• Retry later
  • 5xx – Permanent error
    • 550 Mailbox unavailable
    • Sender issue

So for example, after identifying with EHLO, the server may return 250 Hello

And if the mailbox is not found after sending to it with RCPT TO, the response would be 550 Recipient not found.

Monitoring SMTP response codes allows diagnosis of email delivery issues.

Configuring an SMTP Server

The main steps to configure an SMTP email server are:

  1. Install – Choose SMTP server software like Postfix, Sendmail or Exchange Server
  2. Define domains – Specify domains to accept mail for
  3. Validate users – Have user verification protocol
  4. Configure connections – Set allowed clients, authentication, ports, etc.
  5. Test server – Send test messages to confirm operation
  6. Analyze activity – Review SMTP logs for errors or bottlenecks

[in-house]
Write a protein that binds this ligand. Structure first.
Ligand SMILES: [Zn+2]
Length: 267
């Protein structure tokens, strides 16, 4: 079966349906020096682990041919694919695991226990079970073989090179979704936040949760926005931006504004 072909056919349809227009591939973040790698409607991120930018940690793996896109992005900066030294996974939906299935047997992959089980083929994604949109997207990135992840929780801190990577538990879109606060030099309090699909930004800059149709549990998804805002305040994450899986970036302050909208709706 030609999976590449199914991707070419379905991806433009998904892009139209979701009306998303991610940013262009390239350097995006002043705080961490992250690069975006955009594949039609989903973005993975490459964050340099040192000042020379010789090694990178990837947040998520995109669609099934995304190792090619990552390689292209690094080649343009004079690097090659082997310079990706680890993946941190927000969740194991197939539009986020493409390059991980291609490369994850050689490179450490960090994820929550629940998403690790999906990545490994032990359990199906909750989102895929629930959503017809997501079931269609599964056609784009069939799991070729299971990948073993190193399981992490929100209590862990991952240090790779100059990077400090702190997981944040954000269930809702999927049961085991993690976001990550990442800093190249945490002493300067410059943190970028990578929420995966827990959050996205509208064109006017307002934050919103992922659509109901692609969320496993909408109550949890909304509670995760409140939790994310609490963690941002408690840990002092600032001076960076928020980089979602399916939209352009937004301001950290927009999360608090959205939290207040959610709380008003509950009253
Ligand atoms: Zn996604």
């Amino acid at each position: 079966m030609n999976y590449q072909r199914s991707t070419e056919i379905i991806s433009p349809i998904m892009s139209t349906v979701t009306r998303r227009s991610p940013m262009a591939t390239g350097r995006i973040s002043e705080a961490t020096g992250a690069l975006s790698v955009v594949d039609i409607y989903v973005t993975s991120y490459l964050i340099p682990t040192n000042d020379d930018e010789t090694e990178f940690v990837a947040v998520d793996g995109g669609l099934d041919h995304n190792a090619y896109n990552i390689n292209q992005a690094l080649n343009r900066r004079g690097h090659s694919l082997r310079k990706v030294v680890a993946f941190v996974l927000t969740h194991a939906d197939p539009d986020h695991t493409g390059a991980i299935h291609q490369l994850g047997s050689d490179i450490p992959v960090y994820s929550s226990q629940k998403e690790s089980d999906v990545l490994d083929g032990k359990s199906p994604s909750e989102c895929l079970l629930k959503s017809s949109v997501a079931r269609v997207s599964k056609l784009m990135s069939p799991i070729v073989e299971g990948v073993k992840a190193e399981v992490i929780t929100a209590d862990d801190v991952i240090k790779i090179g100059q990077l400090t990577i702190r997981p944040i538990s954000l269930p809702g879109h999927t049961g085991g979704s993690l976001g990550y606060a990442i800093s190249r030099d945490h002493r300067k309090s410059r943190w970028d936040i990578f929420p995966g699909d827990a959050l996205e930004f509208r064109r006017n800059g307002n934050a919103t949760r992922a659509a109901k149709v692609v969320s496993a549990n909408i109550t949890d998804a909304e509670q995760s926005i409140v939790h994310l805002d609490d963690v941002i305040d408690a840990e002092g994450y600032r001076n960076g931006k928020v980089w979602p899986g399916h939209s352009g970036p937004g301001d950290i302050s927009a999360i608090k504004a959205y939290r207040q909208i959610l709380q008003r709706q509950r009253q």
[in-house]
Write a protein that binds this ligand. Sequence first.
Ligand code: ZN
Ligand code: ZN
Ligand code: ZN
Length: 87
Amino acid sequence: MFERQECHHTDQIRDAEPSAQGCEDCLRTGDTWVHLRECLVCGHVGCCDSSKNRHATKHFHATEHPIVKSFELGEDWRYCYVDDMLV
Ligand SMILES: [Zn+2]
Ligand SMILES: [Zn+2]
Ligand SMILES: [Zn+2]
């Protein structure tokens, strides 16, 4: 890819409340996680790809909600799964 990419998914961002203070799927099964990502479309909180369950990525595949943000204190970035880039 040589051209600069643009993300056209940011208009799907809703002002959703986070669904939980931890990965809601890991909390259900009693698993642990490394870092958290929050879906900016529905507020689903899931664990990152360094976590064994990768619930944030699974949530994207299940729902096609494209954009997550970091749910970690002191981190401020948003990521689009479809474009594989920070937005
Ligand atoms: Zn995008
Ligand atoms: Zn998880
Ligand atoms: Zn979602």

Many settings can be controlled with SMTP command options:

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This EHLO option would enable enhanced status codes for more detailed errors.

Or starting TLS encryption:

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And authentication:

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<base64 encoded username>

<base64 encoded password>

Once up and running monitor closely at first for delivery issues or spam complaints. Fine tune as needed.

Automating with SMTP Commands

Because SMTP commands work in a standard client/server manner, they can be easily automated by scripts and programs.

For example making a simple Python script to:

  1. Open socket to SMTP server
  2. Perform handshake with EHLO
  3. Set sender with MAIL FROM
  4. Set recipient with RCPT TO
  5. Send message with DATA
  6. Close connection with QUIT

This allows creation of applications integrating custom email functionality through SMTP.

Troubleshooting Tips

If running into SMTP problems, some things to check: